How to write a case study

Few types of literature hold a reader’s attention like a story. That’s probably why case studies abound. Also known as success stories, they portray your company’s offering in a real-world setting that your target audience can easily understand. You can use a case study to explain how a customer successfully solved a problem or created value using your offering.

And in a time-pressed world, magazine editors sometimes lift case studies as written and paste them into their publications – print or online!

To read a sample case study, click here.

Sample structure

Here is a basic structure you can use to organize a case study:

Customer profile

Describe your customer’s business in a quick paragraph.

Customer situation/problems

Include all causes and consequences. Where possible, use both qualitative (e.g., ease of use) and quantitative (e.g., cost savings) data.

Options considered

Quickly list the choices the customer investigated when deciding how to deal with the problem. Introduce your company and solution here.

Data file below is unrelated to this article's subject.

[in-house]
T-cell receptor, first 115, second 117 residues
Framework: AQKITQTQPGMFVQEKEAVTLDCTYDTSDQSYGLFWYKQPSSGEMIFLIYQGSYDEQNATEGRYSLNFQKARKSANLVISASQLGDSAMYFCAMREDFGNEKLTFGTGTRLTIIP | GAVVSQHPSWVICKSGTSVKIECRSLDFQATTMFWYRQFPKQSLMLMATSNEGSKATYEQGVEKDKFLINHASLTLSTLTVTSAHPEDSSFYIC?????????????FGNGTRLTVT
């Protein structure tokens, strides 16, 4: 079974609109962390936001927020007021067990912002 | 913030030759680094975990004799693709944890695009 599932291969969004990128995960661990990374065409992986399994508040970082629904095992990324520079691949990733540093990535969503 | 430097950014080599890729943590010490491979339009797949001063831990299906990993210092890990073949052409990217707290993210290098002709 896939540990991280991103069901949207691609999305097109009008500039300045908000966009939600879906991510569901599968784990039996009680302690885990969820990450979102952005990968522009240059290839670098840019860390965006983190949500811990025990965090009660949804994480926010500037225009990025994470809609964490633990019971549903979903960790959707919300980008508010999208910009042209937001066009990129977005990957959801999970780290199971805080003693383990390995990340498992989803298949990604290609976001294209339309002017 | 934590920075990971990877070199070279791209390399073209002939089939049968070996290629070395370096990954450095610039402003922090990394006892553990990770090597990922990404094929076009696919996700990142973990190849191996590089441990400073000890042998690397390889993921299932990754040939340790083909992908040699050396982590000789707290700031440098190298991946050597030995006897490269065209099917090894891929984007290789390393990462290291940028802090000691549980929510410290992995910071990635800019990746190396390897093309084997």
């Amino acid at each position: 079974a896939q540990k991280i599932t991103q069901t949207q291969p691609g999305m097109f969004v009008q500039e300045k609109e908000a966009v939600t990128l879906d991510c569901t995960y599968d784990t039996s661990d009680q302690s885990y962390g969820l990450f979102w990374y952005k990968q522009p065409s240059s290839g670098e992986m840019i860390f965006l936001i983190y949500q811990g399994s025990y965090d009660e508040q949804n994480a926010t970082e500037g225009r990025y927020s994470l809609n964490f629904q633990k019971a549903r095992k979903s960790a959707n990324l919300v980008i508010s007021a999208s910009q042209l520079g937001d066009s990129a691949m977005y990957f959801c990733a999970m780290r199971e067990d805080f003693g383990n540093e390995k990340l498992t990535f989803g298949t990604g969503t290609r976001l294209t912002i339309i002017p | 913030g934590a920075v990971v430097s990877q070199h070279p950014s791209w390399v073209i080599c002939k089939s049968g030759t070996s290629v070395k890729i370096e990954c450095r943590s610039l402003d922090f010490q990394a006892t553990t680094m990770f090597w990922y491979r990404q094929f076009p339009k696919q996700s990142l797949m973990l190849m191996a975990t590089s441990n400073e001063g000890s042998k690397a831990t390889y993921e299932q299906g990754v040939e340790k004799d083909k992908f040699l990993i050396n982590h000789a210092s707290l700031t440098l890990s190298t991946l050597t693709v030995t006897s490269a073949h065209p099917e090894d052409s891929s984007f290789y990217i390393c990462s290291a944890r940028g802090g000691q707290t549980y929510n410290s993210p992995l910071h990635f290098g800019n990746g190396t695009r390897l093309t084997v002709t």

Option chosen

State that the customer chose your offering and list the reasons why. These should match the causes and consequences you mentioned at the beginning.

Problem solved

Give data that shows clear and valuable improvement over the customer’s previous situation. This is the best place to put customer quotes, but quotes can be scatttered throughout the case study.

Contact names

Offer readers phone numbers and email addresses for both sales and media relations representatives.

Tips

  • Before you begin your project, ask the customer to participate in the case study.
  • Make sure your customer signs off on both the idea and the final copy.
  • Keep the study as brief as possible – one to three pages should do the trick. Four is acceptable if you include graphics.
  • You can use an abridged version of a case study as part of other materials.
  • Focus on the customer – the struggles prior to engaging your firm, the positive effects of doing so and any quotes that the customer offers.
  • During the project, keep objective records of improvements sought and ask the customer to verify them.
  • Avoid the hard sell – let the customer praise you. Credibility is easier to build when praise comes from other people.

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